Mining industry body the South African Diamond Producers Organisation (Sadpo) hosted its second yearly Diggers Conference at the All Seasons Resort, in Christiana, North West province, last month.
The organisation chose Christiana because it is centrally located between the two provinces where the majority of its members are based. About 130 people, including speakers and sponsors, attended the March 14 event.
Sadpo chairperson Gert van Niekerk opened proceedings, introducing South African Diamonds and Precious Metals Regulator (SADPMR) acting CEO Xolile Mbonambi as the keynote speaker.
Mbonambi emphasised the importance of an “open door policy” between government and Sadpo’s members, as it would enable all parties to engage in meaningful discussions regarding the problems that the industry is facing. SADPMR regulatory compliance GM Cecil Khosa also addressed delegates and noted that the SADPMR had committed to engaging with Sadpo on a regular basis in future.
He noted that some of the challenges facing the diamond sector included job losses owing to a depressed economic environment and declining reserves, and the lack of assistance to historically disadvantaged South African producers.
Other presenters included Schweizer-Reneke attorney Japie van Zyl, Department of Mineral Resources (DMR) Northern Cape regional manager Pieter Swart and DMR Northern Cape acting chief inspector Harry Sease.
Van Zyl and Swart spoke on the legal implications of recent court judgments pertaining to prospecting and/or mining rights applications and permits, while Swart addressed the implications of certain legislation, specifically the National Environmental Management Act and its adverse impacts in terms of costs, and the subsequent decrease in rights and permit applications.
Sease, who spoke on behalf of both the Northern Cape and the North West minerals departments, emphasised that employers had to know their employees’ strengths and weaknesses to enable the effective use of employees’ skills and derive greater benefit from the operation.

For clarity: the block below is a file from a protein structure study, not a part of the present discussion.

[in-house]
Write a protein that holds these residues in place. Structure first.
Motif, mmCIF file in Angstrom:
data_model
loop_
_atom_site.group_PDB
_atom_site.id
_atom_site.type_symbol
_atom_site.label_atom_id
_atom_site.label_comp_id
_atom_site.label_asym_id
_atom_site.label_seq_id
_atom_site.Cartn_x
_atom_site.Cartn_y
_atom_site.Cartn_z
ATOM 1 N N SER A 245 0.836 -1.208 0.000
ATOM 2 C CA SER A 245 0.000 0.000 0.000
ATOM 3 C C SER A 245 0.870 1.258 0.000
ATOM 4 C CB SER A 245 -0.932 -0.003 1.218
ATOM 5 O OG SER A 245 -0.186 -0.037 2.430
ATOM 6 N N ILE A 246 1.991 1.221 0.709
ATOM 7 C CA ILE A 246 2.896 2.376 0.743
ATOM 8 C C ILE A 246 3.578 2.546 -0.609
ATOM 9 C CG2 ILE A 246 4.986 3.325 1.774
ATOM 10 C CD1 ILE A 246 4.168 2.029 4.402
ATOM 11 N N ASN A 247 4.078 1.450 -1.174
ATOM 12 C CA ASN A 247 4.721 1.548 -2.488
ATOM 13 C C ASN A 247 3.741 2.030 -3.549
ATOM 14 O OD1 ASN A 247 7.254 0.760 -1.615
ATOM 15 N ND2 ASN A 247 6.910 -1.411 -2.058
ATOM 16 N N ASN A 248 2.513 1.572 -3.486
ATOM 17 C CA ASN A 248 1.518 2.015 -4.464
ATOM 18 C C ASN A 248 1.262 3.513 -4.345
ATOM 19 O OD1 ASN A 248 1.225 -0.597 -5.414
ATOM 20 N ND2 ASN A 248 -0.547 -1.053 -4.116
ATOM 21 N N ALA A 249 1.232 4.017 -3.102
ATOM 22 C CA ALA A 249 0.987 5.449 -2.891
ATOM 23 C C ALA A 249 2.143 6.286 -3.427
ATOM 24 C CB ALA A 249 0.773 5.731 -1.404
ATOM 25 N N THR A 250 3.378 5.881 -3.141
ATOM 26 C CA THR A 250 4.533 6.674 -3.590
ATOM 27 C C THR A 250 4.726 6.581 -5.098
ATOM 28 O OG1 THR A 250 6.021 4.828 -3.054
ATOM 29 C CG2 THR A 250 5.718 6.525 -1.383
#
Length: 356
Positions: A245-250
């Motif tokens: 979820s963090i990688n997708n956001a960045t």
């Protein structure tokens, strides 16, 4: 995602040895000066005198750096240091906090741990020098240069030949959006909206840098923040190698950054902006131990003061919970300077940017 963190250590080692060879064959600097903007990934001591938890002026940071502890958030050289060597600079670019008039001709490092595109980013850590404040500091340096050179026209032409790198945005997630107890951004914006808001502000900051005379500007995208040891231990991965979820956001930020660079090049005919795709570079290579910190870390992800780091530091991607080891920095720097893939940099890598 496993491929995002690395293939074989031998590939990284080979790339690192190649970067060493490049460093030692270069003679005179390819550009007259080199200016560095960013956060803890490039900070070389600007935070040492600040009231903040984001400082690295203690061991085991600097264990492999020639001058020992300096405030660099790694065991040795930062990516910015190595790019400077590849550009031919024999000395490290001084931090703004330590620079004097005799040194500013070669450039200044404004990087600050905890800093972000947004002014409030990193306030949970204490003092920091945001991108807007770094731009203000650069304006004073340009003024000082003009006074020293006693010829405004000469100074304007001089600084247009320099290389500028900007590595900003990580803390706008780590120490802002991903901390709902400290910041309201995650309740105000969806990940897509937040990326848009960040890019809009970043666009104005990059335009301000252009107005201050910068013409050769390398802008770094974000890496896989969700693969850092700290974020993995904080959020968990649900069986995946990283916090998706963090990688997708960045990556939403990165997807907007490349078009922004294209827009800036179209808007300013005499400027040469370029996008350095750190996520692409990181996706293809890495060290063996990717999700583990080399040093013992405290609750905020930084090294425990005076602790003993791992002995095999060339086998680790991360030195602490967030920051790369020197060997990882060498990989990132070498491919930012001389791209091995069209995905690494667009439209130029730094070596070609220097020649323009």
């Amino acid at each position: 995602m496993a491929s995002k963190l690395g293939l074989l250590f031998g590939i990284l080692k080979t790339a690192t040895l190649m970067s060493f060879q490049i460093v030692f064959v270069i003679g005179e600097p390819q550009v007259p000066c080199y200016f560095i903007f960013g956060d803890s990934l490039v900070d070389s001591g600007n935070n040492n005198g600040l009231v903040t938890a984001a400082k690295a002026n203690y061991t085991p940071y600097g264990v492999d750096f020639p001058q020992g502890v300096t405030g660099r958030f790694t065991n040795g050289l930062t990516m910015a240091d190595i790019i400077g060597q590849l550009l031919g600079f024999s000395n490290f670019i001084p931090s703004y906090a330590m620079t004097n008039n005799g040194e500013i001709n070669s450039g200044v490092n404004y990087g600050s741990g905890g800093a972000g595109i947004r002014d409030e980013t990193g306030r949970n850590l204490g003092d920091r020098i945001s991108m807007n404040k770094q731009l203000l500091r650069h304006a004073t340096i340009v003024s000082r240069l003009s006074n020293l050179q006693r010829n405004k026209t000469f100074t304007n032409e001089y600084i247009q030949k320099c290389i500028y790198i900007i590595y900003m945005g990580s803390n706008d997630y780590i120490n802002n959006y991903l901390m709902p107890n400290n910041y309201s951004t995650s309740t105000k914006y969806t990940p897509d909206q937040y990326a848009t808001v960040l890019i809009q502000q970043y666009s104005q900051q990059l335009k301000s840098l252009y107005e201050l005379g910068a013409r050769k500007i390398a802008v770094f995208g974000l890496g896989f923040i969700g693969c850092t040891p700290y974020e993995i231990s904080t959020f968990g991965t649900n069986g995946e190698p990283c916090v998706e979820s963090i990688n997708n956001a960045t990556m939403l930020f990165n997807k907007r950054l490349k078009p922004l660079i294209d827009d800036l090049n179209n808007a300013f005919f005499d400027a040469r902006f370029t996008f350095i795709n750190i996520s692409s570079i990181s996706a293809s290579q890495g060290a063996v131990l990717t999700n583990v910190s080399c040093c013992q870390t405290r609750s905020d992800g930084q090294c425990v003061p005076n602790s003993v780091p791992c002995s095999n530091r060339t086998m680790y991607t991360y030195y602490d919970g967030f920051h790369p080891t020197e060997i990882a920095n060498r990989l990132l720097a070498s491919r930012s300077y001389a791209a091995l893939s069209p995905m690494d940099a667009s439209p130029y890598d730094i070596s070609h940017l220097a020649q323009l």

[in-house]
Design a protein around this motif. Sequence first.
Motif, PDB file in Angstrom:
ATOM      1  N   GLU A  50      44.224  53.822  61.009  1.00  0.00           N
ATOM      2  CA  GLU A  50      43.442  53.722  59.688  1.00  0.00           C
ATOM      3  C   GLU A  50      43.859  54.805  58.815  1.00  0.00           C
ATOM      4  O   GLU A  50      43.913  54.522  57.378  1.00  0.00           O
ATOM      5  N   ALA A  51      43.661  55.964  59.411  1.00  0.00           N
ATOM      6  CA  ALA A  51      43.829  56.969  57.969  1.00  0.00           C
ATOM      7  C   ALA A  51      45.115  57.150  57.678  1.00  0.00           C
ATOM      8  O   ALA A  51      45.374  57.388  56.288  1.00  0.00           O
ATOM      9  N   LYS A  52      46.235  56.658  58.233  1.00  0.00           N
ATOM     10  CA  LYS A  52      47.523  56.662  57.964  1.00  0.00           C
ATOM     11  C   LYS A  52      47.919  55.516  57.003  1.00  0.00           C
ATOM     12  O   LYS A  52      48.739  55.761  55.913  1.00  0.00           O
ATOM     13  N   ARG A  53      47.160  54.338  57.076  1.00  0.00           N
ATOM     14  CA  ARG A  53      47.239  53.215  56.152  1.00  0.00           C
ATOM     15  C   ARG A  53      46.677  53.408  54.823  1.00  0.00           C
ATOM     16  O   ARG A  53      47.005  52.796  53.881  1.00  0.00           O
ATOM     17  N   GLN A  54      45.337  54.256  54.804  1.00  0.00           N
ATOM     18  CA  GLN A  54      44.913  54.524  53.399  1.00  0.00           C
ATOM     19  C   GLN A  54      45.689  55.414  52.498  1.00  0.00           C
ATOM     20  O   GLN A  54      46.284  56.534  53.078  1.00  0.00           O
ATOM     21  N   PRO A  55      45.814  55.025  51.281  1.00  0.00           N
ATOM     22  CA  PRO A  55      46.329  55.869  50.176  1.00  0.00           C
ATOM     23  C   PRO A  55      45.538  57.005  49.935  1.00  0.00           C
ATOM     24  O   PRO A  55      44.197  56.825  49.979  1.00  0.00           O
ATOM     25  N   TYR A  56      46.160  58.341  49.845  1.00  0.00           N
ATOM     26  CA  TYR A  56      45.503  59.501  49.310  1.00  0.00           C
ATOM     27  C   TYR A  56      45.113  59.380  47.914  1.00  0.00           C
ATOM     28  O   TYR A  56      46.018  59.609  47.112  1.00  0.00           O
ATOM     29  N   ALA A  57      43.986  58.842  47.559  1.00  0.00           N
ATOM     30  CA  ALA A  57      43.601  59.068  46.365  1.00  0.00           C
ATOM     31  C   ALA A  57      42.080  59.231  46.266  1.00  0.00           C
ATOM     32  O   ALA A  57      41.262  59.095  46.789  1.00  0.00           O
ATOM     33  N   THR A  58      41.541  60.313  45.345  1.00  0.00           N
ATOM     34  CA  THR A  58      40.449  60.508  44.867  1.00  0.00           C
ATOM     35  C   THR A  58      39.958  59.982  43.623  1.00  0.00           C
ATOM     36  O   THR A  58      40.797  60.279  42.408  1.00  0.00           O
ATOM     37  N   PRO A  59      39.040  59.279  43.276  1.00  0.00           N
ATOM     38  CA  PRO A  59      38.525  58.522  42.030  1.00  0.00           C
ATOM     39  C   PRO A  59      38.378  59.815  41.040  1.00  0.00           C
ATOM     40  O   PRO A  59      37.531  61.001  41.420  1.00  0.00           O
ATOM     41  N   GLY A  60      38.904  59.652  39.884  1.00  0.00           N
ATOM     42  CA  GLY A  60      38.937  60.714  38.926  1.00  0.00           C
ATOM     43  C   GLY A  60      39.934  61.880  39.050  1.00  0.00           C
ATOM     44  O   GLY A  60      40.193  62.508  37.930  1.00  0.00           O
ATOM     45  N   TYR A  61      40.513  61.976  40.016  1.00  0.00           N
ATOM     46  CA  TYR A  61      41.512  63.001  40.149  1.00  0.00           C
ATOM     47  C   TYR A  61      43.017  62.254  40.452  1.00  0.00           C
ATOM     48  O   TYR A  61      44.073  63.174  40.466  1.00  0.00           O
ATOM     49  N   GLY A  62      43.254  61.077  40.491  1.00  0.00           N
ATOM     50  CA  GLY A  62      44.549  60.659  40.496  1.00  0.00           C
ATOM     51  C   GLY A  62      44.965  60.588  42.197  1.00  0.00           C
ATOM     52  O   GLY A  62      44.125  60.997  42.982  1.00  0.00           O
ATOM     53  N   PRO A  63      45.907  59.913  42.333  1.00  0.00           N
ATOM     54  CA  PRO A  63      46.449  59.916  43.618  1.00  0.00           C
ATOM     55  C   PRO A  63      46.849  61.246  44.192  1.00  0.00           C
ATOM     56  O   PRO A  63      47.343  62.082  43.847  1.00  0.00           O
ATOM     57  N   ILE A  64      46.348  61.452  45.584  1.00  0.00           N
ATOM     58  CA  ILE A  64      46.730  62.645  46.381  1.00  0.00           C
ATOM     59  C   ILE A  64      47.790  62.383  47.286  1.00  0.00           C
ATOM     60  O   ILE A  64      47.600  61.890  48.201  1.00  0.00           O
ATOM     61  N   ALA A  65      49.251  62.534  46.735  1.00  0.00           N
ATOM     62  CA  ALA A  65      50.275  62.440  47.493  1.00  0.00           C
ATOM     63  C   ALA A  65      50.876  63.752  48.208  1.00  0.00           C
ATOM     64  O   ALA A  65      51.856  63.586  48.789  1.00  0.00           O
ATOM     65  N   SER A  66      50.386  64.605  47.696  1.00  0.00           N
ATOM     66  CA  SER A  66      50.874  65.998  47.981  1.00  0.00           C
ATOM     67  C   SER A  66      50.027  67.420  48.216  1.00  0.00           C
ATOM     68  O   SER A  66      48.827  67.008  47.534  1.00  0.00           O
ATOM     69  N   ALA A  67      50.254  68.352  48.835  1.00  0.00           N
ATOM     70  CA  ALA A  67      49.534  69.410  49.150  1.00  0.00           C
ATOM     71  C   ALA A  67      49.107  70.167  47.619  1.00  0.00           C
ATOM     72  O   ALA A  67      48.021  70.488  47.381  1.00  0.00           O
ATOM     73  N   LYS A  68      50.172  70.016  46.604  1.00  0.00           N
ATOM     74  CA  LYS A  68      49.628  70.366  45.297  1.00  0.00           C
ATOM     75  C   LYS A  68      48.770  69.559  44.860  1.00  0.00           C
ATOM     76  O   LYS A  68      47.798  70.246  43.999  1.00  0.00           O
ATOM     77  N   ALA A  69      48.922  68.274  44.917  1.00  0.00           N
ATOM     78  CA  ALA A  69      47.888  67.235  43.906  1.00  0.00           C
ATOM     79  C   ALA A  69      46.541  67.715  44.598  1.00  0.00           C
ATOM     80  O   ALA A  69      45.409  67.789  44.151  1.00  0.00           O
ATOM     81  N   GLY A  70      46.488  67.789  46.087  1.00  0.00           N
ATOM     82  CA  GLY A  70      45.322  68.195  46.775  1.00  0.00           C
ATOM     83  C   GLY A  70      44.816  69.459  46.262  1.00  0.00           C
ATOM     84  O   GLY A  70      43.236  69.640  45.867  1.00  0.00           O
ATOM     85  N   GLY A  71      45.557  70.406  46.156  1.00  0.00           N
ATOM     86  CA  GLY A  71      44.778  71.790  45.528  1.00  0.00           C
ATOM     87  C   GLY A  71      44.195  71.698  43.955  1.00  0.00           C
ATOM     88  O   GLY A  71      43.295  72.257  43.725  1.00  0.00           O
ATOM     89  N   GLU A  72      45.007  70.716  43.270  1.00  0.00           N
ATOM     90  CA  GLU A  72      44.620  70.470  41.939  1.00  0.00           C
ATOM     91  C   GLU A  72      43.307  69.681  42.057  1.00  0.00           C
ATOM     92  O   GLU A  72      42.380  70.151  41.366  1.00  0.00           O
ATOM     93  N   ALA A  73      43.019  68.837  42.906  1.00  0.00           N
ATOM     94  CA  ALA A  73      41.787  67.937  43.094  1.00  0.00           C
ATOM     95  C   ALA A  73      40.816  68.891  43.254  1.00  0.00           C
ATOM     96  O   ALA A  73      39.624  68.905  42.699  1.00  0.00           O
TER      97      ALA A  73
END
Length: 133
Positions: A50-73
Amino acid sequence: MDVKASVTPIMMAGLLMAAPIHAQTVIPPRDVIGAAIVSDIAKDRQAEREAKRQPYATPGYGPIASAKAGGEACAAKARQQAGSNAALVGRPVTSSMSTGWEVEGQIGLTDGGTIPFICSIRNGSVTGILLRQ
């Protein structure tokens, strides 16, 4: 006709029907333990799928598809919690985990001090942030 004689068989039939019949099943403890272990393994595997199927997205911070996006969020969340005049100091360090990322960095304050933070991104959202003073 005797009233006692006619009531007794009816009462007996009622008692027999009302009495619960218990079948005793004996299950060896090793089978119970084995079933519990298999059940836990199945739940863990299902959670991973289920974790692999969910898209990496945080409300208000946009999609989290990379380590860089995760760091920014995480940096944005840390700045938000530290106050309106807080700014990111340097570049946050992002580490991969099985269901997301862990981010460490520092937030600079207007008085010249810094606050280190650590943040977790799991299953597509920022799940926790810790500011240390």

Geologist and Sadpo national committee member Lyndon de Meillon focused on the economics of alluvial diamond mining. Some of the facts he presented were that South Africa produced about eight-million carats a year, with about 350 000 ct attributed to alluvial production. Further, despite accounting for less than half of the yearly carat production, the alluvial industry employed about 12 000 people, “roughly the same number as those employed by kimberlite mines”.
De Meillon added that the alluvial industry was a key economic segment for the region, as it was an “earner of foreign currency and offered a low-cost entry into the mining industry for juniors”. However, he noted that the industry was highly susceptible to over-regulation, lack of policy consistency and the subsequent unfriendly investor environment.
Van Niekerk closed proceedings by thanking all involved and pleaded for industrywide collaboration and cooperation when presenting issues to government. “Everyone needs to work together to ensure the survival of the industry, the small towns that it supports and, most importantly, the employment it offers. Employment in this industry has drastically decreased [over] the past 17 years and everyone needs to work together to turn this trend around.”